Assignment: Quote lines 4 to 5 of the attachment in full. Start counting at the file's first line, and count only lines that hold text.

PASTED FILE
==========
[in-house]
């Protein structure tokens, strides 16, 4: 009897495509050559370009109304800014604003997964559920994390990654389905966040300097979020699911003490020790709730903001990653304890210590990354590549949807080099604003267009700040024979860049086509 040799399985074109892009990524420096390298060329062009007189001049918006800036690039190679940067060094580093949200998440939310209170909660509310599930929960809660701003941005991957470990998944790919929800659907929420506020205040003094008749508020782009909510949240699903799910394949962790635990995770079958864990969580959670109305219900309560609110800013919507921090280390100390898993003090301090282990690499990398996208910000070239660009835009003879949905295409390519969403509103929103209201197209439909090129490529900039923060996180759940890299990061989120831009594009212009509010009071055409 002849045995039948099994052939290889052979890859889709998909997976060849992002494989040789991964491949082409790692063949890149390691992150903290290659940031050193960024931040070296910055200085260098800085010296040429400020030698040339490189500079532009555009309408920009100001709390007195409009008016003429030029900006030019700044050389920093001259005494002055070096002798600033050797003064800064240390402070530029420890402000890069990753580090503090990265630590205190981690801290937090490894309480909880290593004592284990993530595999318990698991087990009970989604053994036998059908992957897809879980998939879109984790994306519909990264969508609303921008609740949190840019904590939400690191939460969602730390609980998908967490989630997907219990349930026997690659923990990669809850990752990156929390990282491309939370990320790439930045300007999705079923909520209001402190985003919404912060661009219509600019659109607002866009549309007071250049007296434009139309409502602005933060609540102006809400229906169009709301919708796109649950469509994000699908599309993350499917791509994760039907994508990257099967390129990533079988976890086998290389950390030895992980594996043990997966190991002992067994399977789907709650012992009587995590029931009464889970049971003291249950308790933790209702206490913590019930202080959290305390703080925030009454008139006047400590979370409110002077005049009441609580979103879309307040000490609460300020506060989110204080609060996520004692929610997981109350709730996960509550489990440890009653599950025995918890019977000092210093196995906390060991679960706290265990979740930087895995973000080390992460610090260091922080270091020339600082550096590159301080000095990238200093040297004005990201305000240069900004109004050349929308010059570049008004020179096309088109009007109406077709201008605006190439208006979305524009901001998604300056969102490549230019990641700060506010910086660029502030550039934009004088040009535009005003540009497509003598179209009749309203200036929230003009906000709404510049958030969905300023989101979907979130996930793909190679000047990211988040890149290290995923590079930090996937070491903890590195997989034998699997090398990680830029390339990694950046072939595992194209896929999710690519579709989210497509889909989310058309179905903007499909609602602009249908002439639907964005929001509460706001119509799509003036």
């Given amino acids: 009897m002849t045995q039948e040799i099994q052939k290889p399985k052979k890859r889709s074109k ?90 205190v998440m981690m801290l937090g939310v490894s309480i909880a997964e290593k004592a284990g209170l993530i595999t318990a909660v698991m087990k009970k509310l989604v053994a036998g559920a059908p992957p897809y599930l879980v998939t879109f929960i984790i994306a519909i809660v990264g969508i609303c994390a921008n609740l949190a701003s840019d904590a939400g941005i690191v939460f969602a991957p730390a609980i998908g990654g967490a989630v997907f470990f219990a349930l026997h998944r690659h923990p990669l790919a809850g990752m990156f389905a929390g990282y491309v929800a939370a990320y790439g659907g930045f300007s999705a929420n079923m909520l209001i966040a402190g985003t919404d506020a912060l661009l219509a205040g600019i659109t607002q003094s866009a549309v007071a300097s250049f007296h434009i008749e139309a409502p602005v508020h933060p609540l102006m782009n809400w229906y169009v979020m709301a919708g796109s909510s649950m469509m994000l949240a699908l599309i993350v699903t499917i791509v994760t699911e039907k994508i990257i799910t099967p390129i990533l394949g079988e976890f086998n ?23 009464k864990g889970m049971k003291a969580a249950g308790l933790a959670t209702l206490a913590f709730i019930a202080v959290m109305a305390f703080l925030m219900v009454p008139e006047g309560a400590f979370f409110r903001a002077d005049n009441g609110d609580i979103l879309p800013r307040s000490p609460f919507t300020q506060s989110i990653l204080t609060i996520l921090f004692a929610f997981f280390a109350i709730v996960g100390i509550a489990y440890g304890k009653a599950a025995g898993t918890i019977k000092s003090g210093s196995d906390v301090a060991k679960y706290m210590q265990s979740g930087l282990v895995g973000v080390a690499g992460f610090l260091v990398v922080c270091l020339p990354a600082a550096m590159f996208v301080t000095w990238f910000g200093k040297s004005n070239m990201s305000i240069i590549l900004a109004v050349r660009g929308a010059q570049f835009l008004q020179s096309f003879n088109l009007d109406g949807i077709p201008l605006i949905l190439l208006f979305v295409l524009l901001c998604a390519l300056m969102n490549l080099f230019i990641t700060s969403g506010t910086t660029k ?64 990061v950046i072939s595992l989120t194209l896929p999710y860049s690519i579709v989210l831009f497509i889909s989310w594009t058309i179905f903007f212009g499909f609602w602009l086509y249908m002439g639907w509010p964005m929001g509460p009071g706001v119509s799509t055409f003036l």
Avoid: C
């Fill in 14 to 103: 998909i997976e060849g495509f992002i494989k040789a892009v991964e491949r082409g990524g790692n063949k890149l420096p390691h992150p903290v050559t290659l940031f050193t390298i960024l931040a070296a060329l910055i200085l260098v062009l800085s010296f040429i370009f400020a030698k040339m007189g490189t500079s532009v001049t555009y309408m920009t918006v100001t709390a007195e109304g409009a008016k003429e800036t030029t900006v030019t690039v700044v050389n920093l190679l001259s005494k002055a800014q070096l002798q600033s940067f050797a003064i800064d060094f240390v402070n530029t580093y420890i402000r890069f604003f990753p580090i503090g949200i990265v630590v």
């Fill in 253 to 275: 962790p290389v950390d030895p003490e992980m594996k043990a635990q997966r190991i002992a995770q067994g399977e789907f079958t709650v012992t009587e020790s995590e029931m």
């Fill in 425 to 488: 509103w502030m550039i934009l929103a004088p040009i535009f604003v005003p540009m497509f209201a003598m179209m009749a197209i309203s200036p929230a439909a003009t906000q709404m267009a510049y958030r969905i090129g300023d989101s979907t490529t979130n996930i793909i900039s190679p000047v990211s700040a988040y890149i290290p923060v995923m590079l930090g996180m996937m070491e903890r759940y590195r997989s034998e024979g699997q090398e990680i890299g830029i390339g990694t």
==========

Avoid: C
């Fill in 14 to 103: 998909i997976e060849g495509f992002i494989k040789a892009v991964e491949r082409g990524g790692n063949k890149l420096p390691h992150p903290v050559t290659l940031f050193t390298i960024l931040a070296a060329l910055i200085l260098v062009l800085s010296f040429i370009f400020a030698k040339m007189g490189t500079s532009v001049t555009y309408m920009t918006v100001t709390a007195e109304g409009a008016k003429e800036t030029t900006v030019t690039v700044v050389n920093l190679l001259s005494k002055a800014q070096l002798q600033s940067f050797a003064i800064d060094f240390v402070n530029t580093y420890i402000r890069f604003f990753p580090i503090g949200i990265v630590v």